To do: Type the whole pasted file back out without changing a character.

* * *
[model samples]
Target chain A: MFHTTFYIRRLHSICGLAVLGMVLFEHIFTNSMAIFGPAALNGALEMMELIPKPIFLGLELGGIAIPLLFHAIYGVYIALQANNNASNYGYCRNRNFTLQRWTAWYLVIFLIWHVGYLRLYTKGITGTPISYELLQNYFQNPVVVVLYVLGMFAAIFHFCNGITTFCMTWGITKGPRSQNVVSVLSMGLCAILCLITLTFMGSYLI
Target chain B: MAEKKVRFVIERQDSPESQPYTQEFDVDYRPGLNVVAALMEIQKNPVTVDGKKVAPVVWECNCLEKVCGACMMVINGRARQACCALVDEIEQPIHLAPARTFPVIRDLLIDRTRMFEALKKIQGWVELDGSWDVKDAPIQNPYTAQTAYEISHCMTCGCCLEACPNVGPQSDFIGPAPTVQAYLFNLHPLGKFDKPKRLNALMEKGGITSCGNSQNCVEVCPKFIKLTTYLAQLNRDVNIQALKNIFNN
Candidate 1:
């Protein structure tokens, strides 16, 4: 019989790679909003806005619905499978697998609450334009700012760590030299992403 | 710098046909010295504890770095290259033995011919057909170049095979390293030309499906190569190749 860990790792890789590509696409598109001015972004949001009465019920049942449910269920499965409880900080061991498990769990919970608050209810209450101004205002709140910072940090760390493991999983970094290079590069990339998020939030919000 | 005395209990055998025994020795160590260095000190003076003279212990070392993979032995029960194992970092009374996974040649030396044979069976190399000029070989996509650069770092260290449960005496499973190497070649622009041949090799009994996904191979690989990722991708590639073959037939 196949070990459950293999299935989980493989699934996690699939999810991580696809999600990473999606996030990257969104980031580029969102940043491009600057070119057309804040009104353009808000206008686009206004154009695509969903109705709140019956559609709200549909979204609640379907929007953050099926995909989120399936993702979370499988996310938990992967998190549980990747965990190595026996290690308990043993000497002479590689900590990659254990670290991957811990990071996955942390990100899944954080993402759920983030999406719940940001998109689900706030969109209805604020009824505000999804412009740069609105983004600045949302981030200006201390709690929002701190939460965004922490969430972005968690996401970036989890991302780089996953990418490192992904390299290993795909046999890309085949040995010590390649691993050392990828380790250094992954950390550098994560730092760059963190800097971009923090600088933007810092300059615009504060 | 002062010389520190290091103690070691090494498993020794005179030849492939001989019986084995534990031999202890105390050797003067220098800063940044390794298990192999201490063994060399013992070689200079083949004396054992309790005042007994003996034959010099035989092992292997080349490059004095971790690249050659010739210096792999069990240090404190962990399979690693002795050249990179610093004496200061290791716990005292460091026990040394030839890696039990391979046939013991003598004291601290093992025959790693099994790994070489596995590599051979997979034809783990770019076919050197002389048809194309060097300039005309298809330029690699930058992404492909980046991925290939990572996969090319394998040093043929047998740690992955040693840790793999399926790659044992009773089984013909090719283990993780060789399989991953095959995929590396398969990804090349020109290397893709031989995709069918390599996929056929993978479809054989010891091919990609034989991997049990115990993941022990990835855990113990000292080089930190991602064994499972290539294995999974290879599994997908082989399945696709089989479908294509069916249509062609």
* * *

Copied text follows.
[model samples]
Target chain A: MFHTTFYIRRLHSICGLAVLGMVLFEHIFTNSMAIFGPAALNGALEMMELIPKPIFLGLELGGIAIPLLFHAIYGVYIALQANNNASNYGYCRNRNFTLQRWTAWYLVIFLIWHVGYLRLYTKGITGTPISYELLQNYFQNPVVVVLYVLGMFAAIFHFCNGITTFCMTWGITKGPRSQNVVSVLSMGLCAILCLITLTFMGSYLI
Target chain B: MAEKKVRFVIERQDSPESQPYTQEFDVDYRPGLNVVAALMEIQKNPVTVDGKKVAPVVWECNCLEKVCGACMMVINGRARQACCALVDEIEQPIHLAPARTFPVIRDLLIDRTRMFEALKKIQGWVELDGSWDVKDAPIQNPYTAQTAYEISHCMTCGCCLEACPNVGPQSDFIGPAPTVQAYLFNLHPLGKFDKPKRLNALMEKGGITSCGNSQNCVEVCPKFIKLTTYLAQLNRDVNIQALKNIFNN
Candidate 1:
């Protein structure tokens, strides 16, 4: 019989790679909003806005619905499978697998609450334009700012760590030299992403 | 710098046909010295504890770095290259033995011919057909170049095979390293030309499906190569190749 860990790792890789590509696409598109001015972004949001009465019920049942449910269920499965409880900080061991498990769990919970608050209810209450101004205002709140910072940090760390493991999983970094290079590069990339998020939030919000 | 005395209990055998025994020795160590260095000190003076003279212990070392993979032995029960194992970092009374996974040649030396044979069976190399000029070989996509650069770092260290449960005496499973190497070649622009041949090799009994996904191979690989990722991708590639073959037939 196949070990459950293999299935989980493989699934996690699939999810991580696809999600990473999606996030990257969104980031580029969102940043491009600057070119057309804040009104353009808000206008686009206004154009695509969903109705709140019956559609709200549909979204609640379907929007953050099926995909989120399936993702979370499988996310938990992967998190549980990747965990190595026996290690308990043993000497002479590689900590990659254990670290991957811990990071996955942390990100899944954080993402759920983030999406719940940001998109689900706030969109209805604020009824505000999804412009740069609105983004600045949302981030200006201390709690929002701190939460965004922490969430972005968690996401970036989890991302780089996953990418490192992904390299290993795909046999890309085949040995010590390649691993050392990828380790250094992954950390550098994560730092760059963190800097971009923090600088933007810092300059615009504060 | 002062010389520190290091103690070691090494498993020794005179030849492939001989019986084995534990031999202890105390050797003067220098800063940044390794298990192999201490063994060399013992070689200079083949004396054992309790005042007994003996034959010099035989092992292997080349490059004095971790690249050659010739210096792999069990240090404190962990399979690693002795050249990179610093004496200061290791716990005292460091026990040394030839890696039990391979046939013991003598004291601290093992025959790693099994790994070489596995590599051979997979034809783990770019076919050197002389048809194309060097300039005309298809330029690699930058992404492909980046991925290939990572996969090319394998040093043929047998740690992955040693840790793999399926790659044992009773089984013909090719283990993780060789399989991953095959995929590396398969990804090349020109290397893709031989995709069918390599996929056929993978479809054989010891091919990609034989991997049990115990993941022990990835855990113990000292080089930190991602064994499972290539294995999974290879599994997908082989399945696709089989479908294509069916249509062609």